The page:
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The Minority SafePack Initiative Has Over 1 Million Signatures… What Comes Next?

Hungary Today 2018.05.02.

The present state of indigenous minorities in the European Union is far from satisfactory. Generally, the EU’s decision-making bodies commonly argue that the bloc’s lack of regulations protecting minorities stems from the fact that this is an issue that is delegated to member states. However, FUEN (Federal Union of European Nationalities), a non-governmental organization representing minorities within Europe, is determined to change this, with their recently successful Minority SafePack Initiative. Despite this, there is still a long way to go to be truly successful in order to reach their ultimate goal.

Over 1.2 Million Europeans Support Minority SafePack Initiative

The European Commission’s 2013 ruling stated that respect for the rights of persons belonging to minorities is a core European Union value, that institutions must respect cultural and linguistic diversity and must avoid any discrimination based on belonging to a national minority. However, at the same time, the EC refused the registration of the European Citizens’ Initiative the first time around, because it considered Minority SafePack – with its primary goal of preserving diversity in Europe – as not belonging to the bloc’s legislative competence. After many years of legal dispute, however, FUEN managed to push the initiative through the bureaucratic system of the Union.

But is it possible to force the Commission into passing legislation, and if so, what kind of changes can be expected by the organizers? Lóránt Vincze, president of the FUEN, weighed in and told our journalists that

“the European Citizens’ Initiative does not require any acts of legislation to be undertaken by the European Commission, but at the same time, in the past few months, we have seen that the Minority SafePack Initiative has evolved into a real European movement, which has been supported by countless communities from Denmark to Romania and from Italy all the way to the Baltic States. Quite a considerable amount of attention is devoted to this subject, which, when it reaches critical mass, will truly become unavoidable. “

The European Citizens’ Initiative is a kind of petition, and one of the main innovations of the Treaty of Lisbon. Its goal is to increase democracy in the European Union and to reduce the bloc’s so-called “democratic deficit”. The Citizens’ Initiative makes it possible for at least one million citizens, living in significant regions of the Member States, to put forward legislative changes that lie within the competence of the EU and affect them directly, to the European Commission (EC). With this new tool, European citizens get a say in European affairs for the first time. Proposed Citizens’ Initiatives must remain within the boundaries of the European Treaties’ European Commission’s legal portfolio.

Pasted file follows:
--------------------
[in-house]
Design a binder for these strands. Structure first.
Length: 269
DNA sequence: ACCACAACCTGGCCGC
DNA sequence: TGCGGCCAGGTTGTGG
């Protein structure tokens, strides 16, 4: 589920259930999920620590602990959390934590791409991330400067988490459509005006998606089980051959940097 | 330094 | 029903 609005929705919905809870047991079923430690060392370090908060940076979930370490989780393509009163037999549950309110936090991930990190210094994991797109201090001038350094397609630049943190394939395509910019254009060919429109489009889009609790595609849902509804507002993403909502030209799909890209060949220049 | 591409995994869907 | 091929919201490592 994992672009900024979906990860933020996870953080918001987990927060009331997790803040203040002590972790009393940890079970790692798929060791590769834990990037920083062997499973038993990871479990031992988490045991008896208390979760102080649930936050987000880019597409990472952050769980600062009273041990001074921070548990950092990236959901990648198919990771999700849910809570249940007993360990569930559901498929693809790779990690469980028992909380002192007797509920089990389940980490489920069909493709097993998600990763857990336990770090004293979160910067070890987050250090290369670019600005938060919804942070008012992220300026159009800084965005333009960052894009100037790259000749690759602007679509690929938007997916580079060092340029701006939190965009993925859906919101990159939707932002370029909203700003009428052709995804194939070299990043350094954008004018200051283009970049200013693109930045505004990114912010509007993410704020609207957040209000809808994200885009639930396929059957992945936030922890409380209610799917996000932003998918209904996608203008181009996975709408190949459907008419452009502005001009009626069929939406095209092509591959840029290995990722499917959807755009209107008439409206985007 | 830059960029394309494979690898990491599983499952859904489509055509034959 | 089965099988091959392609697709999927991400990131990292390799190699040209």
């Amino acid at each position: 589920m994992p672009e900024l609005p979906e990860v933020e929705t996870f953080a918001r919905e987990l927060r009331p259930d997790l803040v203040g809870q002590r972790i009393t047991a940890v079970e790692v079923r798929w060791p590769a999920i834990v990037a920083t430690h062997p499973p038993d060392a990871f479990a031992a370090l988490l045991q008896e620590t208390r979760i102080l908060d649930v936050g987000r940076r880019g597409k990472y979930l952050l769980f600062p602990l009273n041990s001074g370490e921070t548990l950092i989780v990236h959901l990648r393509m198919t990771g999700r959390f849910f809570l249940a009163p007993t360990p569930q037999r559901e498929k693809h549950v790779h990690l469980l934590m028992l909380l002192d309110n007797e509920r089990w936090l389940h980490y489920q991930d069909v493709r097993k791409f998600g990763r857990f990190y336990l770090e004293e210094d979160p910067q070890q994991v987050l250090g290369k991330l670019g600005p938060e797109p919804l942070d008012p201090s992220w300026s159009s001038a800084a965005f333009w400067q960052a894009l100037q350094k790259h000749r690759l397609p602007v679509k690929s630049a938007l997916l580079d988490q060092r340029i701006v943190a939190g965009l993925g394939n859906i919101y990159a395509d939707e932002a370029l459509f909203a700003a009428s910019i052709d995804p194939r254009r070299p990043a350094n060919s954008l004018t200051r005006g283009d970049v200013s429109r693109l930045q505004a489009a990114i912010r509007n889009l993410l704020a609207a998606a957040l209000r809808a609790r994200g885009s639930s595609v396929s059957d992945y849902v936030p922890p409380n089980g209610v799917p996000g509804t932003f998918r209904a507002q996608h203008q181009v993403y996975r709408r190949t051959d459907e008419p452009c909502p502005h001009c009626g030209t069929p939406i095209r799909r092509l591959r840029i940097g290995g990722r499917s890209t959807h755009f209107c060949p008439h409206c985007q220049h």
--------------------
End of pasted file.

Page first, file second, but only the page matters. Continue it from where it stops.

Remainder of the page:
The European Citizens’ Initiative program has existed for six years; of over seventy initiatives, just four have managed to collect one million signatures so far (Minority SafePack being the fifth), but of these, none have yet begun the legislative process. In other words, there is still a long road ahead before the Union will begin to take the status of minorities in the EU, or even the Citizens’ Initiative program as a whole, seriously.

President of FUEN, Lóránt Vincze is confident and thinks that the EC will slowly have to make a move. Image via Bethlendi Tamás/ maszol.ro

In the wake of a successful signature drive, however, FUEN’s president remains confident about Minority SafePack’s future. Lóránt Vincze believes that

“the European Commission will slowly be forced to make a move, and if it wants to demonstrate that it is not just a mockery of European citizens’ democratic influence on the European Union’s legislation, then in merit they will have to deal with our initiative. Thus, the Commission has no obligations, but we will do our best to ensure that there are concrete provisions implemented in each of the nine points included in the standard package. In fact, legal experts are working to put concrete recommendations and proposed legislation on the Commission’s table, to show how it can be done in practice.”

FUEN has put forward concrete proposals on language rights, such as providing support programs for linguistic communities or creating a linguistic diversity center. According to Vincze, if the legislation mechanism is introduced, regions with significant minority populations may see funding from the EU increase as well. Amongst other things, FUEN has asked the Commission to amend the common provisions of the regional funds in such a way that the protection of national minorities and the promotion of cultural and linguistic diversity are included among the bloc’s thematic objectives.


By Gábor Sarnyai

Translated by Gergely Edward Nagy

(featured image via szabadsag.ro)




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